bounding_box allows you to determine the x, y location of the label, and the width and height of the string. The width and height are the amount of space taken up by the font being used on the display. This example does not use height, so it is ignored.

Next you set the location of the text. The x value is the location left to right on the display, the y value is the location top to bottom. The y value is simply a value to position the lines of text on the display from top to bottom. The x value, however, requires some math to ensure that no matter how long the string is, it is always centered.

For the x value, you take the width of the display (in pixels) and dividing it by 2 to determine the center of the display. You then divide the width of the bounding box (the width of the string of text) by 2 in the same manner to determine the center of the bounding box. You then subtract that value from the width of the display to center the text on the display. Using // ensures that you end up with whole numbers, as you cannot place something on half of a pixel.

Download: file
(_, _, width, _) = clock.bounding_box
    clock.x = oled.width // 2 - width // 2
    clock.y = 5

    (_, _, width, _) = date.bounding_box
    date.x = oled.width // 2 - width // 2
    date.y = 15

    (_, _, width, _) = text.bounding_box
    text.x = oled.width // 2 - width // 2
    text.y = 25

Finally, you create a group to hold all of the lines of text to display them. You create the main group, watch_group, and then append the three labels into the group.

Lastly, to display the watch_group, you must call oled.show(). show() requires you to provide the group you're expecting to display, e.g. oled.show(watch_group).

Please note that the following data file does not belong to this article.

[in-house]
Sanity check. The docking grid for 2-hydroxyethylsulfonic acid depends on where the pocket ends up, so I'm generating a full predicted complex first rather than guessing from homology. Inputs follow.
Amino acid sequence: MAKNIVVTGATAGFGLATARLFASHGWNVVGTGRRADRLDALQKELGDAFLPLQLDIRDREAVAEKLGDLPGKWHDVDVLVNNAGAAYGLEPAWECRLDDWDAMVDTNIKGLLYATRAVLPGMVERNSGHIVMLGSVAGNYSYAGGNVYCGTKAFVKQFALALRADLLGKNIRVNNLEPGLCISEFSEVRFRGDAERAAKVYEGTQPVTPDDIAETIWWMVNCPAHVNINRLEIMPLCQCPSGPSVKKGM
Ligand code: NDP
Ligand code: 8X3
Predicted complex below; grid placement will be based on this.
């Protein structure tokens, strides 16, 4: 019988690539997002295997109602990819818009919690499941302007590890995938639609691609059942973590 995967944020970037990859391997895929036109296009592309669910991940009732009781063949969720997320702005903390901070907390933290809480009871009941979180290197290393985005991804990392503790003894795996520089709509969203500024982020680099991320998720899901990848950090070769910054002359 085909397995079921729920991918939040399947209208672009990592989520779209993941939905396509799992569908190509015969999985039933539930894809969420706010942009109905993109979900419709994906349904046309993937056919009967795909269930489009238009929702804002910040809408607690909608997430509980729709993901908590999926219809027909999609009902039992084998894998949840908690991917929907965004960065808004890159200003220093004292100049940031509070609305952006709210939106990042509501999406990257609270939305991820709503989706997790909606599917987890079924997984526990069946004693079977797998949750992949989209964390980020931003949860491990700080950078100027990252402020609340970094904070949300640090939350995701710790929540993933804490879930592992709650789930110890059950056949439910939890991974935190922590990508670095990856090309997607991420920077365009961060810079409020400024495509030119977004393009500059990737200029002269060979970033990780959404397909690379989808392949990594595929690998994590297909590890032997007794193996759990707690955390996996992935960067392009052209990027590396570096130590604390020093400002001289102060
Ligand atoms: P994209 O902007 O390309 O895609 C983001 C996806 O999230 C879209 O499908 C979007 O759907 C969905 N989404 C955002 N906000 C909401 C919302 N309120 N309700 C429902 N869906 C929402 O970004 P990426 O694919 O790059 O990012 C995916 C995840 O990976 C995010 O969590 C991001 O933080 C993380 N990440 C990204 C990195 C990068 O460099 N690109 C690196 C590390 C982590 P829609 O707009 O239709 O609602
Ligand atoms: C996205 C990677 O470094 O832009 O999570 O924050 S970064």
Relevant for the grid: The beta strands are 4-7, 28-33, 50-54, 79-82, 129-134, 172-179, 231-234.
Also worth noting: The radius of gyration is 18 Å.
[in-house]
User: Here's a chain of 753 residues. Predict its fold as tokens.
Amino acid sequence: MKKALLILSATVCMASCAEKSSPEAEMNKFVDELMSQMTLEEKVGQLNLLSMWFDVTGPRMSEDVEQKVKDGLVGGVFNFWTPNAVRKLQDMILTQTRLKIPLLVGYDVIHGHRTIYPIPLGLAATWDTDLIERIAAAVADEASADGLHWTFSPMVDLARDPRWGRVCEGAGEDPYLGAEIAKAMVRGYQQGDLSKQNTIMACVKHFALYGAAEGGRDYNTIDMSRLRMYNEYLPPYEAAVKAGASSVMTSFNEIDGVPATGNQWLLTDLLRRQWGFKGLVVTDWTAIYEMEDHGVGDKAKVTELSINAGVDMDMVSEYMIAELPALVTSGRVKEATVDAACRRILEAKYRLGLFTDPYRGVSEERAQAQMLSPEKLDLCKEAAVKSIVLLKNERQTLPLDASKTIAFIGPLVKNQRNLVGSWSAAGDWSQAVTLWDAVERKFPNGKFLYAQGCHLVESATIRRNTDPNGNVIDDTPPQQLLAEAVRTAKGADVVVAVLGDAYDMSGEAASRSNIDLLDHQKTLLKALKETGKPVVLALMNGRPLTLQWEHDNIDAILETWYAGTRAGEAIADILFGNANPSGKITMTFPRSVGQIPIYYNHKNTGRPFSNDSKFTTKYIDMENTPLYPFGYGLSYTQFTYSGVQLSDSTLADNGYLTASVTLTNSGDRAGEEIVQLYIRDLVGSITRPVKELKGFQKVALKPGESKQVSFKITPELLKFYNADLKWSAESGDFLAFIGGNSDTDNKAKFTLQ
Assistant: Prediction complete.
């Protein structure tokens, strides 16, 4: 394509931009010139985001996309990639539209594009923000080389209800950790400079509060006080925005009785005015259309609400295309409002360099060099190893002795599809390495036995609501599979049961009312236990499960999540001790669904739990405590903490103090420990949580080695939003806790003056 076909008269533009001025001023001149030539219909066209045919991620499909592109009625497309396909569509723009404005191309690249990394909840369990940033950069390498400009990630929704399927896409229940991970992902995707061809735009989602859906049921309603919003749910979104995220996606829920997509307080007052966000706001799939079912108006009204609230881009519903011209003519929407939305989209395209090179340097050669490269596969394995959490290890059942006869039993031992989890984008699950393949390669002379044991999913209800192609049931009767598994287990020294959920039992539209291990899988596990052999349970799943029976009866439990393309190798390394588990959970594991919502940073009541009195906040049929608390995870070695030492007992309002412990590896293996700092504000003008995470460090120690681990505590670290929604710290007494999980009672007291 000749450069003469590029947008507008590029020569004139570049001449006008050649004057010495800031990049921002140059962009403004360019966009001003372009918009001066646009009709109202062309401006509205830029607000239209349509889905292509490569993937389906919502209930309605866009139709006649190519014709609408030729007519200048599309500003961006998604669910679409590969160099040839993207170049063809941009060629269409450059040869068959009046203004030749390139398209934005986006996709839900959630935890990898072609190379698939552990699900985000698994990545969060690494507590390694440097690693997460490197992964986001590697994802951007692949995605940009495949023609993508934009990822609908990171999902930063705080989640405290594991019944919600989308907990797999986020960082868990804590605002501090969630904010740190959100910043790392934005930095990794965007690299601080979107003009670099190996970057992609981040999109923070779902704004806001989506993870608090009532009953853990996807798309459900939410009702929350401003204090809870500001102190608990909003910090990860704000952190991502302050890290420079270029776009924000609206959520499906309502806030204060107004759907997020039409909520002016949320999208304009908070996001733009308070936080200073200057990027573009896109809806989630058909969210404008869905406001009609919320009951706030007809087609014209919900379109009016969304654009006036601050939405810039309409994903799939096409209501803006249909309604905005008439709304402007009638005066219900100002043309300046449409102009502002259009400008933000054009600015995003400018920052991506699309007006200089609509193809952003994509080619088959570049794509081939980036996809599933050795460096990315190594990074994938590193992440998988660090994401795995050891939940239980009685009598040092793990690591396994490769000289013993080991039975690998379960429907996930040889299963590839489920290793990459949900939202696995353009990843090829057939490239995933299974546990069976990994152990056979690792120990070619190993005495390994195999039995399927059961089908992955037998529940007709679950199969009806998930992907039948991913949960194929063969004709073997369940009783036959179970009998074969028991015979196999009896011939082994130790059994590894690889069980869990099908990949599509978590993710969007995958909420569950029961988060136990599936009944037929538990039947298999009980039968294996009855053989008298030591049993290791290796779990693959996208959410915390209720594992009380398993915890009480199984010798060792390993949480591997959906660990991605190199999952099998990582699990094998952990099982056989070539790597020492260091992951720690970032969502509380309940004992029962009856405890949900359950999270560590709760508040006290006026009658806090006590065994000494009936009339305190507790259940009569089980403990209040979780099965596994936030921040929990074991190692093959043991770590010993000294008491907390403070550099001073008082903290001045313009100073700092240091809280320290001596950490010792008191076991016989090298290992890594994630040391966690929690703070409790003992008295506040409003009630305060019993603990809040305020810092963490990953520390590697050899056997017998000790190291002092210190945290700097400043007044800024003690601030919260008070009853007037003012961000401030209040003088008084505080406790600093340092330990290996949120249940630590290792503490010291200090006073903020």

Download: file
    watch_group = displayio.Group()
    watch_group.append(clock)
    watch_group.append(date)
    watch_group.append(text)

    oled.show(watch_group)

That's it! Your watch is set up and running, and now you're ready to get it assembled!

Slice Stand

Use PLA or other rigid material to print the stand. The stand is oriented to print on its side. This helps to prevent the use of support material. The first layer requires considerably strong adhesion. A large brim could be used to provide more adhesion to the bed of the 3D printer.

Customize Watch Band

The design of the watch band can be adjusted using Autodesk Fusion 360. Change the parameters to adjust the width, length and number of holes on the band.

Patterns

We can change the patterns for each band by editing the features in the timeline.

Download and 3D Print

The 3D printed parts can be downloaded with the link below. 

Parts are optimized for flexible materials, rigid material will not allow the components to fit.

Materials & Slice Settings

This design requires an extruder capable of printing with flexible materials such as the Flashforge Creator. If you're using standard Ninjaflex material (85A shore hardness), we recommend printing slow, around 20 to 40mm/s with the extruder temperature set to 240c.

You can also use Cheetah Ninjaflex, which has a higher shore hardness (95A). The only difference will be in how flexible and how grippy the texture is.

Dual Color Printing

You can achieve the two tone colors using a single extruder by using 2 different gcode files. We'll swap filaments in between the print jobs. You'll need to leave the print on the bed after the first job is completed and then print the second gcode file.

For printing the two wrist bands, the first process will print from 0mm to 0.8mm – you can set this up in Simplify3D by enabling the start/stop options in the Layer Modifications section, in the Advanced tab. The second process will start at layer 0.8mm and can print the rest of the part.

oled-body.stl

oled-starpA.stl

oled-starpB.stl

PLA 245c  / 0c bed

No supports

10% infill

40mm/s print speed

No Retraction

120mm/s travel speed

Multiple gcode processes are created to get a dual color print for the bands.

Print from 0mm to 0.8mm to print the first bottom color.

Then print from 0.8mm to 6mm to print the top colors of the band.

The body was printed from 0mm to 23mm when swapping colors.

Retraction clean up

Flexible materials may need retraction disabled to print successfully, so we'll need to clean any left over material around the slots and grooves on the GP-body.stl part.

Clock Stand

You can create a desktop clock using the same CircuitPython code and FeatherWings. A 3D printed stand can house an Adafruit Tripler FeatherWing. The Feather M4, RTC module and OLED FeatherWing snaps on via female headers. 

Install Feather M4 Headers